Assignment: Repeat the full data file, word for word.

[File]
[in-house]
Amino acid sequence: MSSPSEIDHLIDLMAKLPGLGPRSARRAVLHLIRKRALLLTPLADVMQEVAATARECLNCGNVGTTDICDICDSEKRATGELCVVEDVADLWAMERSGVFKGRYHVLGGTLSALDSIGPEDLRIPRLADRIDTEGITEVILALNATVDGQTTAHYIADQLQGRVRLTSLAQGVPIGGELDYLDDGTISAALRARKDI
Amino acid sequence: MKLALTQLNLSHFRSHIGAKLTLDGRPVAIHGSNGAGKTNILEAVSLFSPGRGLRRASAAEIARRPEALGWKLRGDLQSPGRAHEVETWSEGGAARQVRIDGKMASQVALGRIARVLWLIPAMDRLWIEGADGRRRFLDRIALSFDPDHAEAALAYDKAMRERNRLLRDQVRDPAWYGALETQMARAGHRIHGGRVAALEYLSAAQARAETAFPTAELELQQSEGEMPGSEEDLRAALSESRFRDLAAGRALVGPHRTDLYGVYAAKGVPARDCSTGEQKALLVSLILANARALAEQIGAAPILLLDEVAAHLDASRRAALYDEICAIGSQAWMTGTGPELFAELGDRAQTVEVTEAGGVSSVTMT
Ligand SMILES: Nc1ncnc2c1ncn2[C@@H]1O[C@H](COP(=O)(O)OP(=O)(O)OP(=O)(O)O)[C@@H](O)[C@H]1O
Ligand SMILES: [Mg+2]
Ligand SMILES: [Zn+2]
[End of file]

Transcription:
[in-house]
Amino acid sequence: MSSPSEIDHLIDLMAKLPGLGPRSARRAVLHLIRKRALLLTPLADVMQEVAATARECLNCGNVGTTDICDICDSEKRATGELCVVEDVADLWAMERSGVFKGRYHVLGGTLSALDSIGPEDLRIPRLADRIDTEGITEVILALNATVDGQTTAHYIADQLQGRVRLTSLAQGVPIGGELDYLDDGTISAALRARKDI
Amino acid sequence: MKLALTQLNLSHFRSHIGAKLTLDGRPVAIHGSNGAGKTNILEAVSLFSPGRGLRRASAAEIARRPEALGWKLRGDLQSPGRAHEVETWSEGGAARQVRIDGKMASQVALGRIARVLWLIPAMDRLWIEGADGRRRFLDRIALSFDPDHAEAALAYDKAMRERNRLLRDQVRDPAWYGALETQMARAGHRIHGGRVAALEYLSAAQARAETAFPTAELELQQSEGEMPGSEEDLRAALSESRFRDLAAGRALVGPHRTDLYGVYAAKGVPARDCSTGEQKALLVSLILANARALAEQIGAAPILLLDEVAAHLDASRRAALYDEICAIGSQAWMTGTGPELFAELGDRAQTVEVTEAGGVSSVTMT
Ligand SMILES: Nc1ncnc2c1ncn2[C@@H]1O[C@H](COP(=O)(O)OP(=O)(O)OP(=O)(O)O)[C@@H](O)[C@H]1O
Ligand SMILES: [Mg+2]
Ligand SMILES: [Zn+2]